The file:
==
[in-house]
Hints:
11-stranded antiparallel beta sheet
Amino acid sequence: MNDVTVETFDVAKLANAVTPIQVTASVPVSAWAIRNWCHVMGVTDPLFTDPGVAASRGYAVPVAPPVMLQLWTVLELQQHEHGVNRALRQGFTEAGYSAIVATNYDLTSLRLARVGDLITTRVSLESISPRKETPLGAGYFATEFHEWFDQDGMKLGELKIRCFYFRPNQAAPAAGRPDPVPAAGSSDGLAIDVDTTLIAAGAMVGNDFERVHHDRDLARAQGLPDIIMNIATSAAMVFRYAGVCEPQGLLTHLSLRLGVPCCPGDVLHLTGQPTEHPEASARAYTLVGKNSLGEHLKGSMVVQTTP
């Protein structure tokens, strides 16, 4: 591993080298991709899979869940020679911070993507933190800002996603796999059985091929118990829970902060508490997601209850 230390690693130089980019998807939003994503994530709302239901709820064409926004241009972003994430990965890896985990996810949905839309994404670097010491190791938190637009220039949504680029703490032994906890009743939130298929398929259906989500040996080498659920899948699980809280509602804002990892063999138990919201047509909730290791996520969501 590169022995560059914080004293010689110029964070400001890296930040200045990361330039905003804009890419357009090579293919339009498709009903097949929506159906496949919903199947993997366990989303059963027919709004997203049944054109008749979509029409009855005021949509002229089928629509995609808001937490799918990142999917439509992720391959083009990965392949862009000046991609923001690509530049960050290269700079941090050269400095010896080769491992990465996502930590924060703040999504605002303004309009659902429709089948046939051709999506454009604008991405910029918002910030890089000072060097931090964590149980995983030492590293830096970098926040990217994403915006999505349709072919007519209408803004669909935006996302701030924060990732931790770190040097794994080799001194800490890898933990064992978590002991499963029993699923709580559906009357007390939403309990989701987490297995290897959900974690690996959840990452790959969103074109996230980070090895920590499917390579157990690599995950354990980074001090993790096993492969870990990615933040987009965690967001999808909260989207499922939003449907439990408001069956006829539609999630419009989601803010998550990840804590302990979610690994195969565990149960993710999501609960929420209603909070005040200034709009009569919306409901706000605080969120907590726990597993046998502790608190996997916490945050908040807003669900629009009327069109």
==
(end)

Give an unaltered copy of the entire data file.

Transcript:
[in-house]
Hints:
11-stranded antiparallel beta sheet
Amino acid sequence: MNDVTVETFDVAKLANAVTPIQVTASVPVSAWAIRNWCHVMGVTDPLFTDPGVAASRGYAVPVAPPVMLQLWTVLELQQHEHGVNRALRQGFTEAGYSAIVATNYDLTSLRLARVGDLITTRVSLESISPRKETPLGAGYFATEFHEWFDQDGMKLGELKIRCFYFRPNQAAPAAGRPDPVPAAGSSDGLAIDVDTTLIAAGAMVGNDFERVHHDRDLARAQGLPDIIMNIATSAAMVFRYAGVCEPQGLLTHLSLRLGVPCCPGDVLHLTGQPTEHPEASARAYTLVGKNSLGEHLKGSMVVQTTP
């Protein structure tokens, strides 16, 4: 591993080298991709899979869940020679911070993507933190800002996603796999059985091929118990829970902060508490997601209850 230390690693130089980019998807939003994503994530709302239901709820064409926004241009972003994430990965890896985990996810949905839309994404670097010491190791938190637009220039949504680029703490032994906890009743939130298929398929259906989500040996080498659920899948699980809280509602804002990892063999138990919201047509909730290791996520969501 590169022995560059914080004293010689110029964070400001890296930040200045990361330039905003804009890419357009090579293919339009498709009903097949929506159906496949919903199947993997366990989303059963027919709004997203049944054109008749979509029409009855005021949509002229089928629509995609808001937490799918990142999917439509992720391959083009990965392949862009000046991609923001690509530049960050290269700079941090050269400095010896080769491992990465996502930590924060703040999504605002303004309009659902429709089948046939051709999506454009604008991405910029918002910030890089000072060097931090964590149980995983030492590293830096970098926040990217994403915006999505349709072919007519209408803004669909935006996302701030924060990732931790770190040097794994080799001194800490890898933990064992978590002991499963029993699923709580559906009357007390939403309990989701987490297995290897959900974690690996959840990452790959969103074109996230980070090895920590499917390579157990690599995950354990980074001090993790096993492969870990990615933040987009965690967001999808909260989207499922939003449907439990408001069956006829539609999630419009989601803010998550990840804590302990979610690994195969565990149960993710999501609960929420209603909070005040200034709009009569919306409901706000605080969120907590726990597993046998502790608190996997916490945050908040807003669900629009009327069109």